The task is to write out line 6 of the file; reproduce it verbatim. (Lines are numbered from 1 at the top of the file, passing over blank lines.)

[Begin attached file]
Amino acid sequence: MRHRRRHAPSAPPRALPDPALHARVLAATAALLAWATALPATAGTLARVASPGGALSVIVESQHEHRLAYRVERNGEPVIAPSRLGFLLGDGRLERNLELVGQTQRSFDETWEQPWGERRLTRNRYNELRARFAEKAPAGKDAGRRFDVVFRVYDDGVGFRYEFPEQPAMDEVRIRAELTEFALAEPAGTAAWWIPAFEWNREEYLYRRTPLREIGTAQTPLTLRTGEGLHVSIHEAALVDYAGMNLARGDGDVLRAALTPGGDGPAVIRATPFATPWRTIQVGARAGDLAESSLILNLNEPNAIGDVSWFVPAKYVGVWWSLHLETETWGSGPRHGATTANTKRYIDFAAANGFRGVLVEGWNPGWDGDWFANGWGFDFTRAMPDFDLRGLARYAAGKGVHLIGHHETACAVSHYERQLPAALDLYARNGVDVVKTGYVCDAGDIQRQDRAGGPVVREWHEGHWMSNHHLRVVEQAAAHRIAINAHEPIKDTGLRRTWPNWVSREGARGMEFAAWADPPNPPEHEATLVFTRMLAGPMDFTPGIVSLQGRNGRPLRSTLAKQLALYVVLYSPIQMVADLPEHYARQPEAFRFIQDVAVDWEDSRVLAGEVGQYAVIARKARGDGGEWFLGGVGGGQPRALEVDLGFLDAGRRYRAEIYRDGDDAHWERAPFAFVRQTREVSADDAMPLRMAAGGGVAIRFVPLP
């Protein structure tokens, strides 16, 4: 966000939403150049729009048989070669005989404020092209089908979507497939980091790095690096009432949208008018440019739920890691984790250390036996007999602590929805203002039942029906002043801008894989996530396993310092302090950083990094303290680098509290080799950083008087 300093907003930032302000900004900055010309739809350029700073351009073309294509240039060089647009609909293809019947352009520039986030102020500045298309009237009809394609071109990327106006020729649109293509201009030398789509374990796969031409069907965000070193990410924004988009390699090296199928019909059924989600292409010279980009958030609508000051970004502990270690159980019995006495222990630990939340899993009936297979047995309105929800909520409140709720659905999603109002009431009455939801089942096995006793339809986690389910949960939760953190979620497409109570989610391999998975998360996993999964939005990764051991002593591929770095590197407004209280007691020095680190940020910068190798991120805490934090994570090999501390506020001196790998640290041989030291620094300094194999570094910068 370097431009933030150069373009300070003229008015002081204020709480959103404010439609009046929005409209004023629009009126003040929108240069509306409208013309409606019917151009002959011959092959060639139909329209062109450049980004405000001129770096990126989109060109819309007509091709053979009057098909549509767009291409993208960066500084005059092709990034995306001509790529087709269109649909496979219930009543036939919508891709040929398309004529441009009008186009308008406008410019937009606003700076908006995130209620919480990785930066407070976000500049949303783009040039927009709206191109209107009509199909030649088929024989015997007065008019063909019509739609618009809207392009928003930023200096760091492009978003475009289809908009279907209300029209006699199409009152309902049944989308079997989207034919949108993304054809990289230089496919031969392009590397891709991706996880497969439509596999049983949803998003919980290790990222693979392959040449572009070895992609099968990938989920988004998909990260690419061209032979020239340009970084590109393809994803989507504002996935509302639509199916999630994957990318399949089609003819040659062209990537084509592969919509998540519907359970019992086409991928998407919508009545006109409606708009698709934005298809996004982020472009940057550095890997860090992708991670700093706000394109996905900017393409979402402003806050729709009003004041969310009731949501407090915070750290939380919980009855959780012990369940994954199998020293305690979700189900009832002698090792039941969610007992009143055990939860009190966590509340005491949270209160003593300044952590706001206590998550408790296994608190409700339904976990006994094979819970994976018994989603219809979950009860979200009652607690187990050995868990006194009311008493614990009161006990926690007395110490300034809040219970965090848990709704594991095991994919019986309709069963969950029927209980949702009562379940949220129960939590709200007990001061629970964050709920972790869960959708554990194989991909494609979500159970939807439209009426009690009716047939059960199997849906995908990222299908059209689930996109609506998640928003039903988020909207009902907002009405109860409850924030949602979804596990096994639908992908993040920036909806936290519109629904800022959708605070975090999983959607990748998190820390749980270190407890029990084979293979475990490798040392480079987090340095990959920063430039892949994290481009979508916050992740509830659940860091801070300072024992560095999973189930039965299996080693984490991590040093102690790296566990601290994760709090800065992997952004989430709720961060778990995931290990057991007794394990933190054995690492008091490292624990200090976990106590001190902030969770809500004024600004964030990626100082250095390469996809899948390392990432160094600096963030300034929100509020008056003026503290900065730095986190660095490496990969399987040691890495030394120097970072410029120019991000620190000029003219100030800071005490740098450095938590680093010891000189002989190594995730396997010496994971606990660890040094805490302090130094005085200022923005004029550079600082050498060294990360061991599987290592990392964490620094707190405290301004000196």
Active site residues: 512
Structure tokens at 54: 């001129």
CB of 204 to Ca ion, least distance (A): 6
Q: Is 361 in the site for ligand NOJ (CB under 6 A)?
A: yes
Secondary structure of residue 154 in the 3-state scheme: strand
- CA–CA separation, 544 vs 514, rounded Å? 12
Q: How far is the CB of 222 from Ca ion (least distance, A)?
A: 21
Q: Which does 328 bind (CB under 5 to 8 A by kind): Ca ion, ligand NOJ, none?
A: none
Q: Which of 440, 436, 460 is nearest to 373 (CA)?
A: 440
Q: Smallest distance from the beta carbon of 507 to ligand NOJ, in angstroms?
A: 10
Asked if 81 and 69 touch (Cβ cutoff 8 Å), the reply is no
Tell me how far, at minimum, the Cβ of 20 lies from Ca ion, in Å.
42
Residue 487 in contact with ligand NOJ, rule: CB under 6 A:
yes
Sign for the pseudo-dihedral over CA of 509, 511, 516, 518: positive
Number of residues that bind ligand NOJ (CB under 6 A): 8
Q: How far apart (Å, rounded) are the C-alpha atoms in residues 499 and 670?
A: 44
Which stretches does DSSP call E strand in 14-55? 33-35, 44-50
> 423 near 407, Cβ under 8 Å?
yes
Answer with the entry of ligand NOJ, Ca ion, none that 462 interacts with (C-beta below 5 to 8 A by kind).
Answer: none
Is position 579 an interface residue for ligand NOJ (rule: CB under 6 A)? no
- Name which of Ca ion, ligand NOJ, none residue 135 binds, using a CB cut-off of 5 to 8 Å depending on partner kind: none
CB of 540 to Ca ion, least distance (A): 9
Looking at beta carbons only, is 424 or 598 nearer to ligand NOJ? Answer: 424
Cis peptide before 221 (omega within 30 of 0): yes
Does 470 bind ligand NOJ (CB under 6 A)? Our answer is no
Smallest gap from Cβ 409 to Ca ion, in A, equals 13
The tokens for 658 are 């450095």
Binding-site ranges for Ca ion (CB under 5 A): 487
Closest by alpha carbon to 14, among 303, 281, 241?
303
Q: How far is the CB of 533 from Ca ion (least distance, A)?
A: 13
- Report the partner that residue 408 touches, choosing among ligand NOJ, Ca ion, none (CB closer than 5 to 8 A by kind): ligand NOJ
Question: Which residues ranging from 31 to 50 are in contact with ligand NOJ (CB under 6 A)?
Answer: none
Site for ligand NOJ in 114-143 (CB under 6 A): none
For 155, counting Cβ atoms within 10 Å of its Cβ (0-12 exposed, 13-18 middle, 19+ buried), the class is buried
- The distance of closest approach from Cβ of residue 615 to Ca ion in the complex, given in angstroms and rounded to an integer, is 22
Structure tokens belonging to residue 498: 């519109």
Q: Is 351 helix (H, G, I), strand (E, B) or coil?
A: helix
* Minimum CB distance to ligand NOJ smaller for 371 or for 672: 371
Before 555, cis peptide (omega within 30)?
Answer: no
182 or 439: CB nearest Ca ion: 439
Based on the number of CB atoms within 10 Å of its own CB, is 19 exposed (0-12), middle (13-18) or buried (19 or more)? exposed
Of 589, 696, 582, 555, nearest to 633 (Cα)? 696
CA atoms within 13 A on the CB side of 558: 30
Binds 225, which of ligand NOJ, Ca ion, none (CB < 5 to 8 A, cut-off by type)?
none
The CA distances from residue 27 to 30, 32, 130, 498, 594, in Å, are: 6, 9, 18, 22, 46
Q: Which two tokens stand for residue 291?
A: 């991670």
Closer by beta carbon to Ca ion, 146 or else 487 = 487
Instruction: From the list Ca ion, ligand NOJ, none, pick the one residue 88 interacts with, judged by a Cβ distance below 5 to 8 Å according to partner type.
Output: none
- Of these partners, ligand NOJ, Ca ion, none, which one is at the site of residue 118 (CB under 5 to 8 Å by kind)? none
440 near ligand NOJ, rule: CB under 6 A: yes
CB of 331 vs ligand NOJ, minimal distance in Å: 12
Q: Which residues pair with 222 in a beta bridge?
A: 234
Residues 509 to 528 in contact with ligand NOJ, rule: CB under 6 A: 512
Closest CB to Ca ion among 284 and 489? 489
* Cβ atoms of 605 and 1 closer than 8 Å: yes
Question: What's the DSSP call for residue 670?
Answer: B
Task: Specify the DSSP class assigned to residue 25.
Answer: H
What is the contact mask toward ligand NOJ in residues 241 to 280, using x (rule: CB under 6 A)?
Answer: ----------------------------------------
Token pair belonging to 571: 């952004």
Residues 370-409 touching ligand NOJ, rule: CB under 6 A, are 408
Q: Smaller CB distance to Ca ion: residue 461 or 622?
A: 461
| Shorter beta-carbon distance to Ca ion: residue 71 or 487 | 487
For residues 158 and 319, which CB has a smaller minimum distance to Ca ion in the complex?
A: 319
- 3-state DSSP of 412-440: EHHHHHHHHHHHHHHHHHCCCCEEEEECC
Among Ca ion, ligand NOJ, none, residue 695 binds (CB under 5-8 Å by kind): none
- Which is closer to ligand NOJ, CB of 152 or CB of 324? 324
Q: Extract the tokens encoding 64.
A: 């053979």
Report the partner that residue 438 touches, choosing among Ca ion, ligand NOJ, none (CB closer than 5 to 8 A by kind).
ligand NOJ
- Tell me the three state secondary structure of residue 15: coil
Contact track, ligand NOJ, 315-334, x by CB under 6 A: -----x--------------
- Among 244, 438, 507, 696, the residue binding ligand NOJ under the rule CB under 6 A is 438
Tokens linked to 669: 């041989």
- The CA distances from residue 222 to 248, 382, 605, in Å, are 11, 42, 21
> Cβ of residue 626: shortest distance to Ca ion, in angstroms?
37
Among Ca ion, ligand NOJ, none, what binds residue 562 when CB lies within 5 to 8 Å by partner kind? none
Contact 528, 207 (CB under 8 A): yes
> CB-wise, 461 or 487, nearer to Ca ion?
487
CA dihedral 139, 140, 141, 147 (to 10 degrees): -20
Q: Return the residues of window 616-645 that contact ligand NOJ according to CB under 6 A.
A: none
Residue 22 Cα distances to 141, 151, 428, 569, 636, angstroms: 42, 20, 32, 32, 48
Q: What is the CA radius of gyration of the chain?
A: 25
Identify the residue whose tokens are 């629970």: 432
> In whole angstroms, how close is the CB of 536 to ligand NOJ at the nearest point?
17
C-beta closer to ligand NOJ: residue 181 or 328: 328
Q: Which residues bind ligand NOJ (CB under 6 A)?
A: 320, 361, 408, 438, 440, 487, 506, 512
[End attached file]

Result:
Q: Is 361 in the site for ligand NOJ (CB under 6 A)?